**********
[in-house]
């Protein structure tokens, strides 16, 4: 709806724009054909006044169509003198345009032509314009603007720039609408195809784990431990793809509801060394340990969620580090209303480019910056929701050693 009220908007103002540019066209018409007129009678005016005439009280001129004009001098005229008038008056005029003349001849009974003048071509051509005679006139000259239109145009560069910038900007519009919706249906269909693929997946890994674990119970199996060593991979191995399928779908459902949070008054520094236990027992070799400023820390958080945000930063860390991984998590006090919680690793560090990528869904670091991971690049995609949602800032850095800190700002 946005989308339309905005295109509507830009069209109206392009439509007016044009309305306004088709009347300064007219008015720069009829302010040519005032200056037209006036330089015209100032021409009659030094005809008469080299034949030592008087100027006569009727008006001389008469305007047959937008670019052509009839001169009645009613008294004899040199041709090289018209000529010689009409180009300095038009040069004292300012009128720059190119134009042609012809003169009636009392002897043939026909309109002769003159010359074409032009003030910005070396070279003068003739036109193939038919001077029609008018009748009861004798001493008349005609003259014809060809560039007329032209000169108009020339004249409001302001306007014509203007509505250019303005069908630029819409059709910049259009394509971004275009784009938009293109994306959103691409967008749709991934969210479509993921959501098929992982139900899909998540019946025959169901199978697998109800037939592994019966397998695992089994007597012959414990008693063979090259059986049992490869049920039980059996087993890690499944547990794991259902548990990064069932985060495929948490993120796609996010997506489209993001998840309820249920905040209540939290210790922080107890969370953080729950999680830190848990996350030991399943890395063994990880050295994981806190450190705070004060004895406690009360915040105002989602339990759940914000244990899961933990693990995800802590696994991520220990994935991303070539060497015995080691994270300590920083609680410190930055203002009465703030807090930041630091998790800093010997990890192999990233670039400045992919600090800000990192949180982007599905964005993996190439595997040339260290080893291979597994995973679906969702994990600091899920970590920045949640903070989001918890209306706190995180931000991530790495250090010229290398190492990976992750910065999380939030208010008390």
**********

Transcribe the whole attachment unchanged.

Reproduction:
[in-house]
């Protein structure tokens, strides 16, 4: 709806724009054909006044169509003198345009032509314009603007720039609408195809784990431990793809509801060394340990969620580090209303480019910056929701050693 009220908007103002540019066209018409007129009678005016005439009280001129004009001098005229008038008056005029003349001849009974003048071509051509005679006139000259239109145009560069910038900007519009919706249906269909693929997946890994674990119970199996060593991979191995399928779908459902949070008054520094236990027992070799400023820390958080945000930063860390991984998590006090919680690793560090990528869904670091991971690049995609949602800032850095800190700002 946005989308339309905005295109509507830009069209109206392009439509007016044009309305306004088709009347300064007219008015720069009829302010040519005032200056037209006036330089015209100032021409009659030094005809008469080299034949030592008087100027006569009727008006001389008469305007047959937008670019052509009839001169009645009613008294004899040199041709090289018209000529010689009409180009300095038009040069004292300012009128720059190119134009042609012809003169009636009392002897043939026909309109002769003159010359074409032009003030910005070396070279003068003739036109193939038919001077029609008018009748009861004798001493008349005609003259014809060809560039007329032209000169108009020339004249409001302001306007014509203007509505250019303005069908630029819409059709910049259009394509971004275009784009938009293109994306959103691409967008749709991934969210479509993921959501098929992982139900899909998540019946025959169901199978697998109800037939592994019966397998695992089994007597012959414990008693063979090259059986049992490869049920039980059996087993890690499944547990794991259902548990990064069932985060495929948490993120796609996010997506489209993001998840309820249920905040209540939290210790922080107890969370953080729950999680830190848990996350030991399943890395063994990880050295994981806190450190705070004060004895406690009360915040105002989602339990759940914000244990899961933990693990995800802590696994991520220990994935991303070539060497015995080691994270300590920083609680410190930055203002009465703030807090930041630091998790800093010997990890192999990233670039400045992919600090800000990192949180982007599905964005993996190439595997040339260290080893291979597994995973679906969702994990600091899920970590920045949640903070989001918890209306706190995180931000991530790495250090010229290398190492990976992750910065999380939030208010008390």